Android vs iOS app development…
Which one should I learn first as a beginner app developer?
Well, according to IDC Android devices have more than 80% of the market share while iOS holds a distant second with less than 15% market share.
So choosing the mobile app platform should be pretty easy right?
Clearly Android’s got this, so let’s cut to the chase and say… you should learn Android app development first.
Well, not so fast.
Don’t take these stats at face value… the devil is in the details.
These numbers and percentages are global, worldwide.
But when you get into the details, the market share of Android vs iOS are completely skewed depending on which particular country you are in.
The question of which mobile app should I build first, Android or iOS, puzzles many wannabe app developers.
And it’s usually not a simple decision to make.
Choosing whether to learn Android or iOS app development first can really determine the success or failure of your app development career.
So it is worth a penny to take your time, do your research, weigh all the pros and cons of Android vs iOS before you make your decision.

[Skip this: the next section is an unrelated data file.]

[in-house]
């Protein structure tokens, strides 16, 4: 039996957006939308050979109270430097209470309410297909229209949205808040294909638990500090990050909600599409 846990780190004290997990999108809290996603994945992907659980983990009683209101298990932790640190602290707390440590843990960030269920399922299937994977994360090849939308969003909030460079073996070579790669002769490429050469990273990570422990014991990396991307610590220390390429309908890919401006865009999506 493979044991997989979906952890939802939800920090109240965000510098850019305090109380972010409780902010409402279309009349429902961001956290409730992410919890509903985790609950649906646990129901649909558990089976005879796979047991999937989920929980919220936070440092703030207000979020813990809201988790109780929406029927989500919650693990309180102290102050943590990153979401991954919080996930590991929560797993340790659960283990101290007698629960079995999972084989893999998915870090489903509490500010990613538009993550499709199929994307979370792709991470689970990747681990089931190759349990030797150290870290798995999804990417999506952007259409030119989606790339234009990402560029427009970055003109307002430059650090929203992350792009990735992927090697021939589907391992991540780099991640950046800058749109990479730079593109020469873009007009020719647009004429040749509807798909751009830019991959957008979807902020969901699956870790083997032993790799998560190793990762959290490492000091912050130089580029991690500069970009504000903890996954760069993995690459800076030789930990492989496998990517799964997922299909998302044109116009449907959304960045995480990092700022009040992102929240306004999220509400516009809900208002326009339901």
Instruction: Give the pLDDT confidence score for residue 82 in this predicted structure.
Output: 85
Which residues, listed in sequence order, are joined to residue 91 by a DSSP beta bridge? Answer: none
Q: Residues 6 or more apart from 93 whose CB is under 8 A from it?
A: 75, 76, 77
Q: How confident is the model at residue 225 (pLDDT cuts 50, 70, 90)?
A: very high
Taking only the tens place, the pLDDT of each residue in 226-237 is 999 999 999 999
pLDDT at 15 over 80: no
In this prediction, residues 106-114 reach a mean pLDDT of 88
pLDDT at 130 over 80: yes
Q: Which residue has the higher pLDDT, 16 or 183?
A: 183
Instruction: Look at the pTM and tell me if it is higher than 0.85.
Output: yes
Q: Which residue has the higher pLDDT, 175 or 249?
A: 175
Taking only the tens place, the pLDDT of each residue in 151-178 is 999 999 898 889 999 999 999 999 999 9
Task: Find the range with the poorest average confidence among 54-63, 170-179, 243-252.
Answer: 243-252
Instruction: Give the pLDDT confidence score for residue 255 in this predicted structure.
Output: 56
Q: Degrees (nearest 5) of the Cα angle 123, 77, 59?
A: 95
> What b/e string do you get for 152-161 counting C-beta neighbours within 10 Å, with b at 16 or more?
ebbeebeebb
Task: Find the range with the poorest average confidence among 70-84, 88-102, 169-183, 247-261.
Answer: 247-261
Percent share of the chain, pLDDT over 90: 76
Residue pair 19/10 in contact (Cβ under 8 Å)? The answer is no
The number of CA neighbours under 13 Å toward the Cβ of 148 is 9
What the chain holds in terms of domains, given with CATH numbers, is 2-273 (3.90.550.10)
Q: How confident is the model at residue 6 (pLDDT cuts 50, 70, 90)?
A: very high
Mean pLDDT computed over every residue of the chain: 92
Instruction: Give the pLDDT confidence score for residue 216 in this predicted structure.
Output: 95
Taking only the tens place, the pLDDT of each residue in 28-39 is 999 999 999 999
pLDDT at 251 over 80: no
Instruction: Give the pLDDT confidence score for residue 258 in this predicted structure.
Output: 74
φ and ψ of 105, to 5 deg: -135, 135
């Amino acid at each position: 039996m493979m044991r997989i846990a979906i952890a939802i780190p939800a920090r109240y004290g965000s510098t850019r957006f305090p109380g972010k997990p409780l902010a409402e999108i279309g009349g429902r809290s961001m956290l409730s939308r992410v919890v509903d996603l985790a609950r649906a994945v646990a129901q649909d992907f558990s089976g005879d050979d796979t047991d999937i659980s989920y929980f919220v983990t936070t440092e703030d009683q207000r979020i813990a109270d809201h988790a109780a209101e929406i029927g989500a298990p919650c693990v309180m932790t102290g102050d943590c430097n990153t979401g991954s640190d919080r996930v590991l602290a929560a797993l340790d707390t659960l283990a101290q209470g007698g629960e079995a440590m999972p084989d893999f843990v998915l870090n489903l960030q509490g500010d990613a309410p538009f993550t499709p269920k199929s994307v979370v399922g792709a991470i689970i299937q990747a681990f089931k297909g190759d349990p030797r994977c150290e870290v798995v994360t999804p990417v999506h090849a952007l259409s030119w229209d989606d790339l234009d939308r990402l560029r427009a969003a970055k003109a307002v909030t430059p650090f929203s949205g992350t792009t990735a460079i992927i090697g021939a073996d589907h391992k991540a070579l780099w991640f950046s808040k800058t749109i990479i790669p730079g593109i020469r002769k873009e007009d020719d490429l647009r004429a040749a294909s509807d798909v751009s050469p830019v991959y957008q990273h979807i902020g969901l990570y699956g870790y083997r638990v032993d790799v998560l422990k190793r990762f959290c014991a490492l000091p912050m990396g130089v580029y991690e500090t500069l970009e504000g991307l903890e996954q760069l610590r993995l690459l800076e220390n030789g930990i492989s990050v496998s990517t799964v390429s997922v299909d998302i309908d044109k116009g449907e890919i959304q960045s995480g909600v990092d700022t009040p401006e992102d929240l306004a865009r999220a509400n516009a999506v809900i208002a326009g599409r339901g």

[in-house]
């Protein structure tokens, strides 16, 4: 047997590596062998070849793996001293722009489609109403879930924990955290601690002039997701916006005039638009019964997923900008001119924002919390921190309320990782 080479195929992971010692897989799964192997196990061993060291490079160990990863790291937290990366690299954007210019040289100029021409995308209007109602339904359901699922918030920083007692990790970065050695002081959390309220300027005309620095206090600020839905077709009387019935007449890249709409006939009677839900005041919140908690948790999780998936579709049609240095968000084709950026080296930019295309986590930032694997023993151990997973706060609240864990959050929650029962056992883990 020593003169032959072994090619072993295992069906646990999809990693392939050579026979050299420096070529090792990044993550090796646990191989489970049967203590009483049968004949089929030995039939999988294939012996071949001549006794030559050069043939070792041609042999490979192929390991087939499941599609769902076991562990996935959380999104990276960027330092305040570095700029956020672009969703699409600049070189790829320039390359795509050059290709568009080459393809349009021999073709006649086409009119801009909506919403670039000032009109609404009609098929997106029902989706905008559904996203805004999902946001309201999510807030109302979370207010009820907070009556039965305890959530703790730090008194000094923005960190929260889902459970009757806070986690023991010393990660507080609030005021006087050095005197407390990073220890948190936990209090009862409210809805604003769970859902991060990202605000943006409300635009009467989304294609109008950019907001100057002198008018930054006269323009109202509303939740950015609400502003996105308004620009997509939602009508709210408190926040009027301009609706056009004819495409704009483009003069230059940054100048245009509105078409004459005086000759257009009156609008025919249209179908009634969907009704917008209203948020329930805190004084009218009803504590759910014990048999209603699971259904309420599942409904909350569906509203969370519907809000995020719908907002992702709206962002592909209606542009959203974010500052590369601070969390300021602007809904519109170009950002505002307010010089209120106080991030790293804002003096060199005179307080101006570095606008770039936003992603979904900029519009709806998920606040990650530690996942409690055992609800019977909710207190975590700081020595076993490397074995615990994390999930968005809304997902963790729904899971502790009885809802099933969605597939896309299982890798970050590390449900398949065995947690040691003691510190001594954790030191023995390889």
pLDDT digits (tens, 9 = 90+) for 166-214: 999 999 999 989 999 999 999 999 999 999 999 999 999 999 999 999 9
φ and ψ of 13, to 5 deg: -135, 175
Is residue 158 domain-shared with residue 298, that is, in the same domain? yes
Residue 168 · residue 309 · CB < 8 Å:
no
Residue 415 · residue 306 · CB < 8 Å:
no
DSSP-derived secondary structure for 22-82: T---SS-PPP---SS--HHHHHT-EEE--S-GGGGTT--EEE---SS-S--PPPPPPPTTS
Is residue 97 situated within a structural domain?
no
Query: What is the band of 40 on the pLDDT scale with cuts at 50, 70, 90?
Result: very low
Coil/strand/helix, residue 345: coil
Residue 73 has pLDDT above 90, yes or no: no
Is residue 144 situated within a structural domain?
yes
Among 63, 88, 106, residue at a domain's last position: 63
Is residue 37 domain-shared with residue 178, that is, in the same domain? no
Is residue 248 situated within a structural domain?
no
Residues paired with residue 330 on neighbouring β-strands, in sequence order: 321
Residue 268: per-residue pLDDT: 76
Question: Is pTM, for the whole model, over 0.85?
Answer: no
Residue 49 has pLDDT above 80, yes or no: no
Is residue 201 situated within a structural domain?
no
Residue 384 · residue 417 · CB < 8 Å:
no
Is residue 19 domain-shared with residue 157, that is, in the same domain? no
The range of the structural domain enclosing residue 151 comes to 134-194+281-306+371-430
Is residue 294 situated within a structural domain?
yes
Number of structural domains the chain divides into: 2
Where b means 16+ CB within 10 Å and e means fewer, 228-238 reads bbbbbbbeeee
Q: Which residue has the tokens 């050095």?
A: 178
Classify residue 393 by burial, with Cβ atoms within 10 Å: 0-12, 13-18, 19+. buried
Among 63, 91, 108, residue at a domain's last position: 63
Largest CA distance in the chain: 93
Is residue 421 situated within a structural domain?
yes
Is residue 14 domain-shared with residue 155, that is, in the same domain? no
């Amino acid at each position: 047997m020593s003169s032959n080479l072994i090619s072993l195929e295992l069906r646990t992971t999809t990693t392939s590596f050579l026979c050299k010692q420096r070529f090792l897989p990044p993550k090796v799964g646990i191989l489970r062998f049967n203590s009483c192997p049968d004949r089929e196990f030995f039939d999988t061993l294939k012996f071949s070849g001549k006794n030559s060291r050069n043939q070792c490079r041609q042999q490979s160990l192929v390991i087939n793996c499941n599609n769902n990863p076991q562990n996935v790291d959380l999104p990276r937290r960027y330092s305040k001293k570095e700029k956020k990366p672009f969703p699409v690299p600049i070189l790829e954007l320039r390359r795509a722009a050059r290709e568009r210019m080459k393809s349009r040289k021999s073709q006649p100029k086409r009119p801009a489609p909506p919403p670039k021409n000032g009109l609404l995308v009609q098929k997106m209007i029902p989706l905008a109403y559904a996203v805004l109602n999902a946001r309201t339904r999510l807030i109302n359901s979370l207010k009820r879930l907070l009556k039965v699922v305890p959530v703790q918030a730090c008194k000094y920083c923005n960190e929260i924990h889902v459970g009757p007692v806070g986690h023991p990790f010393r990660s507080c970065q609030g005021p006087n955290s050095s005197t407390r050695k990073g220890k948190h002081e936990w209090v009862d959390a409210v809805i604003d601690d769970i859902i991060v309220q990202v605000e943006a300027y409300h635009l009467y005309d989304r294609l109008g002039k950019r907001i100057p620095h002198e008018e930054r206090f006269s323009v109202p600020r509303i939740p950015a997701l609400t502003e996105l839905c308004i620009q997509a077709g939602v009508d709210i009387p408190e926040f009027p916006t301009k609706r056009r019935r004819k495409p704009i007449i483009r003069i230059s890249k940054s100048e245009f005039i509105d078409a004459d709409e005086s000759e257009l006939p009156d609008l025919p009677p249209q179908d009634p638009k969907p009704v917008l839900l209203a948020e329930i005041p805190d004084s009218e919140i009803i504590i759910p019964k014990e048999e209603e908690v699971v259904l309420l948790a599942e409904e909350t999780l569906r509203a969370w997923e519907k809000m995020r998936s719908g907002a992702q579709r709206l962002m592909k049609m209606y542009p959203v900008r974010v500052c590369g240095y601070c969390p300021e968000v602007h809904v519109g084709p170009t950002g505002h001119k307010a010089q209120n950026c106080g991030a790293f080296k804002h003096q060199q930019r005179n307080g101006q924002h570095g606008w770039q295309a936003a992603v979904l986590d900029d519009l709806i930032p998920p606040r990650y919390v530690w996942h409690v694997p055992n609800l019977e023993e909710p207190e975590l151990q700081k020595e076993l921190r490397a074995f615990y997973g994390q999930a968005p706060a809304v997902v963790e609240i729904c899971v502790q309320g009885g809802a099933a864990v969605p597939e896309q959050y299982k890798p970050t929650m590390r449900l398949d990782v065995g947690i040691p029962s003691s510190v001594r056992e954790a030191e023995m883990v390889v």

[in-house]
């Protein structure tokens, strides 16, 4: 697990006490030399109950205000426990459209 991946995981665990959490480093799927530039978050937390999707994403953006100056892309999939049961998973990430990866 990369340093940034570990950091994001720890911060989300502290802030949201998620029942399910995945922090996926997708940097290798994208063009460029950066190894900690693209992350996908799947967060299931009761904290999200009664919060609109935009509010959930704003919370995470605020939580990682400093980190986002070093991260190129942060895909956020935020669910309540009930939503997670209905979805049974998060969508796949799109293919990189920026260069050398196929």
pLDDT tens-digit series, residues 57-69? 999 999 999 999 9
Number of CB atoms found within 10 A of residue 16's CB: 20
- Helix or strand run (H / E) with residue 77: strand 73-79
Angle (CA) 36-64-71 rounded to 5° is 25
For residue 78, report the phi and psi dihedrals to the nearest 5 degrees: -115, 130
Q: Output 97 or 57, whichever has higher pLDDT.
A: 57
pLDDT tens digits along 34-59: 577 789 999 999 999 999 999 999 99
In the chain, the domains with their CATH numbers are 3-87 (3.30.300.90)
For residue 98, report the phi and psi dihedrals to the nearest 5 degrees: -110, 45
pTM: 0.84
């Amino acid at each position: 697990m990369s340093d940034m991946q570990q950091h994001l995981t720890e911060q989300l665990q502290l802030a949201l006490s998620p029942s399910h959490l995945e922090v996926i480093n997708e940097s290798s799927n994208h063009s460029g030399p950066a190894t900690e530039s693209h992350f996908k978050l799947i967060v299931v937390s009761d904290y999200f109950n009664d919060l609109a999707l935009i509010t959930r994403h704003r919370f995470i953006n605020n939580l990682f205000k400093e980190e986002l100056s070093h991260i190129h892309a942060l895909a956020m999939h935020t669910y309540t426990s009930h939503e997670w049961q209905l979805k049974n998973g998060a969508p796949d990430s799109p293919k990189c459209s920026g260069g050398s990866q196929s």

In this post today, I hope to help you make that decision much easily.
We are going to compare the both Android and iOS platforms from 7 different perspectives and angles.
I hope that at the end of this article you will be more informed and ready to make a decision and launch your career either as an Android developer or an iOS developer.
I know there are other mobile app platforms like Windows Phone e.t.c. but for the sake of this post, let’s just limit ourselves to Android vs iOS apps.
You could even develop for both platforms at the same time using tools like Xamarin, but I’m not going to talk about hybrid apps today.
But you can read more about it in my other post on Native Apps vs Hybrid Apps: Which One Should You Build?
You know, if I wanted to look smart then to the question…
Which one should I learn, Android or iOS?
I’d say, LEARN BOTH.
And that’s actually what I did when I was getting into mobile app development.